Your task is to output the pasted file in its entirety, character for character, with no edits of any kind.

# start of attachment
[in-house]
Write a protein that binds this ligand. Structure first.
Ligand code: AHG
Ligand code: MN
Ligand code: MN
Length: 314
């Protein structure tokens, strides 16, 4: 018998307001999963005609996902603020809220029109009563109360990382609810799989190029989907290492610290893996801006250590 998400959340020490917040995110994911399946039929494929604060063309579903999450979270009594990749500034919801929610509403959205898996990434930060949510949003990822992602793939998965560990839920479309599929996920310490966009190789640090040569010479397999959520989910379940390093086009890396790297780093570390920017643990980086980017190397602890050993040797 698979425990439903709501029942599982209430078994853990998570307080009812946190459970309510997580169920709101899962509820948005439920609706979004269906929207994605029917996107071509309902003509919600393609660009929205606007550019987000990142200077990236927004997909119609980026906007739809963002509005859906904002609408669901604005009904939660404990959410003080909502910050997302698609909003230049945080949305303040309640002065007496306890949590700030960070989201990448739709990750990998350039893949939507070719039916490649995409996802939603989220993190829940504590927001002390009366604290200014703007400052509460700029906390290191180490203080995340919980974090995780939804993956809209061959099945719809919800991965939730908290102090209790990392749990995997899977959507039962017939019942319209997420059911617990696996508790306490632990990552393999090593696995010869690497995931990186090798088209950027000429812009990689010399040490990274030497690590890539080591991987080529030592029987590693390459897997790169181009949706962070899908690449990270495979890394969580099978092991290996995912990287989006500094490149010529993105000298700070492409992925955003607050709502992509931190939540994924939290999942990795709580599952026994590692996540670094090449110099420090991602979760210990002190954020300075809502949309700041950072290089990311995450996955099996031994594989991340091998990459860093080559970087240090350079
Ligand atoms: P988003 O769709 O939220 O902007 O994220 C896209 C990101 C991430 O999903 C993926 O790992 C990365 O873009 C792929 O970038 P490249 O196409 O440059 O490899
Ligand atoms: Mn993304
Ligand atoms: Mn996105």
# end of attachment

[in-house]
Write a protein that binds this ligand. Structure first.
Ligand code: AHG
Ligand code: MN
Ligand code: MN
Length: 314
């Protein structure tokens, strides 16, 4: 018998307001999963005609996902603020809220029109009563109360990382609810799989190029989907290492610290893996801006250590 998400959340020490917040995110994911399946039929494929604060063309579903999450979270009594990749500034919801929610509403959205898996990434930060949510949003990822992602793939998965560990839920479309599929996920310490966009190789640090040569010479397999959520989910379940390093086009890396790297780093570390920017643990980086980017190397602890050993040797 698979425990439903709501029942599982209430078994853990998570307080009812946190459970309510997580169920709101899962509820948005439920609706979004269906929207994605029917996107071509309902003509919600393609660009929205606007550019987000990142200077990236927004997909119609980026906007739809963002509005859906904002609408669901604005009904939660404990959410003080909502910050997302698609909003230049945080949305303040309640002065007496306890949590700030960070989201990448739709990750990998350039893949939507070719039916490649995409996802939603989220993190829940504590927001002390009366604290200014703007400052509460700029906390290191180490203080995340919980974090995780939804993956809209061959099945719809919800991965939730908290102090209790990392749990995997899977959507039962017939019942319209997420059911617990696996508790306490632990990552393999090593696995010869690497995931990186090798088209950027000429812009990689010399040490990274030497690590890539080591991987080529030592029987590693390459897997790169181009949706962070899908690449990270495979890394969580099978092991290996995912990287989006500094490149010529993105000298700070492409992925955003607050709502992509931190939540994924939290999942990795709580599952026994590692996540670094090449110099420090991602979760210990002190954020300075809502949309700041950072290089990311995450996955099996031994594989991340091998990459860093080559970087240090350079
Ligand atoms: P988003 O769709 O939220 O902007 O994220 C896209 C990101 C991430 O999903 C993926 O790992 C990365 O873009 C792929 O970038 P490249 O196409 O440059 O490899
Ligand atoms: Mn993304
Ligand atoms: Mn996105």